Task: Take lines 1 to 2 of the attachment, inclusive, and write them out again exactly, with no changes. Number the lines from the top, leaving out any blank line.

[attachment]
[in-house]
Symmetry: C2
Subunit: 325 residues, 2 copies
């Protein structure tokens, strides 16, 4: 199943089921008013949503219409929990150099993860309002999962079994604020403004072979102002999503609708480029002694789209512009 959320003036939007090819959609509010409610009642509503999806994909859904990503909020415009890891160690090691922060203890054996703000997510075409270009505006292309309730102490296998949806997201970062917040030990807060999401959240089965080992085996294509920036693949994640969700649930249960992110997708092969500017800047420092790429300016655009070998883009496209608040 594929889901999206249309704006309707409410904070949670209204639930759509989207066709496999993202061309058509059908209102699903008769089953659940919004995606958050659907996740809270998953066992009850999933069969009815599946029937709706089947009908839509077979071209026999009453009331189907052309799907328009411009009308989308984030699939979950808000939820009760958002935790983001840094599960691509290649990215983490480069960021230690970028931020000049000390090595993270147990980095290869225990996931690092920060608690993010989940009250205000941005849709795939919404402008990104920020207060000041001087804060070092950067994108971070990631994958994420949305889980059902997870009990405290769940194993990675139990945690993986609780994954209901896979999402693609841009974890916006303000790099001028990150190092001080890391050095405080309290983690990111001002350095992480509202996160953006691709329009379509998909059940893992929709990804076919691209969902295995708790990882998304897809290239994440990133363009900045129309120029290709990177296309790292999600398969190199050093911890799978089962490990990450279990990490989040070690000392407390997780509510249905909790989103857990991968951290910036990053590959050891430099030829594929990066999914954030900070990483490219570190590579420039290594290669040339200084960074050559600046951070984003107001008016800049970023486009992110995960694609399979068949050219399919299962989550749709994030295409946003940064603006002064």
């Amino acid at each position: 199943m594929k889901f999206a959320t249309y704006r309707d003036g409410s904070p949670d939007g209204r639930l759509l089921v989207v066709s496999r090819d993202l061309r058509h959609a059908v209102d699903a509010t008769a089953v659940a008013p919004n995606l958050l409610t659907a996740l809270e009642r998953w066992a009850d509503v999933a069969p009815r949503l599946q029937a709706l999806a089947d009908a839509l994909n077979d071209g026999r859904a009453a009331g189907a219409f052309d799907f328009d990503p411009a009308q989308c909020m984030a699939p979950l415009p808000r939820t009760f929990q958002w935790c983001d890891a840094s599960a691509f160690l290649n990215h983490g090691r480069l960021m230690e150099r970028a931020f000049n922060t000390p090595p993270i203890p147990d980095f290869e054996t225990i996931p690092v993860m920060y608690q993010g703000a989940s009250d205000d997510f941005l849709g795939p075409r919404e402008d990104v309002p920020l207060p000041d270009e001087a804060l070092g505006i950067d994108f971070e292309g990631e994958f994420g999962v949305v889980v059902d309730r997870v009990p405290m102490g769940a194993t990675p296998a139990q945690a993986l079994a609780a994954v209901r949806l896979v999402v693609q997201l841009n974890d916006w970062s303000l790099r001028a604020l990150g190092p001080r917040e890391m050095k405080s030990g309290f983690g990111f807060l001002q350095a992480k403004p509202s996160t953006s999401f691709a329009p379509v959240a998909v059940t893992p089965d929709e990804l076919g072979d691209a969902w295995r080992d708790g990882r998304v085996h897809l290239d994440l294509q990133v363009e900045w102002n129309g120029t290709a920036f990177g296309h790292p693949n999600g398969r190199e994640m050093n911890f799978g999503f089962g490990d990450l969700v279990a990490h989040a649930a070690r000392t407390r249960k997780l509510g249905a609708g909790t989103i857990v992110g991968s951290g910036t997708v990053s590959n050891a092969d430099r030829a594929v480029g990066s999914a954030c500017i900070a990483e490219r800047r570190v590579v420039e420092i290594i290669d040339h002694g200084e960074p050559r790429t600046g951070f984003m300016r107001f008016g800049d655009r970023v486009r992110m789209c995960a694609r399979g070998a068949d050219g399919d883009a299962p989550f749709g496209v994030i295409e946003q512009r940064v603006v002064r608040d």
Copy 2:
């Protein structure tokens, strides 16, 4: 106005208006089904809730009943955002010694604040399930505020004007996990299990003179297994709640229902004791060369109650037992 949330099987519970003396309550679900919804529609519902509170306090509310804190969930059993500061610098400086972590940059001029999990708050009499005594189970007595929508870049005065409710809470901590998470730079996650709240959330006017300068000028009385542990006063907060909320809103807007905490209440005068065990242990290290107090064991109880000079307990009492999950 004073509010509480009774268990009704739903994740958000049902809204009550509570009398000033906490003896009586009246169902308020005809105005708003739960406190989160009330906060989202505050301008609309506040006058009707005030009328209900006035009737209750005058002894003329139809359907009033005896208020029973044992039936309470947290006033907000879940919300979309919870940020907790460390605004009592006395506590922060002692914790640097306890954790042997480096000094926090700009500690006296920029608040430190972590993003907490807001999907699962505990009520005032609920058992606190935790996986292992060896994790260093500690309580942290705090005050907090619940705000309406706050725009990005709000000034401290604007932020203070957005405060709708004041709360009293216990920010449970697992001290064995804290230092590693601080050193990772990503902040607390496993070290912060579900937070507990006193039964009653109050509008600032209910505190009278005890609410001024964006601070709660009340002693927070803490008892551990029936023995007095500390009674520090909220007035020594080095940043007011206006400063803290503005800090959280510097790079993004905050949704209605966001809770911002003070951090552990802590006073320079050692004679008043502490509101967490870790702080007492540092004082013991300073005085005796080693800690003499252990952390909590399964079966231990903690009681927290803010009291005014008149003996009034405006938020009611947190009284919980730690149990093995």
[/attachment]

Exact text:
[in-house]
Symmetry: C2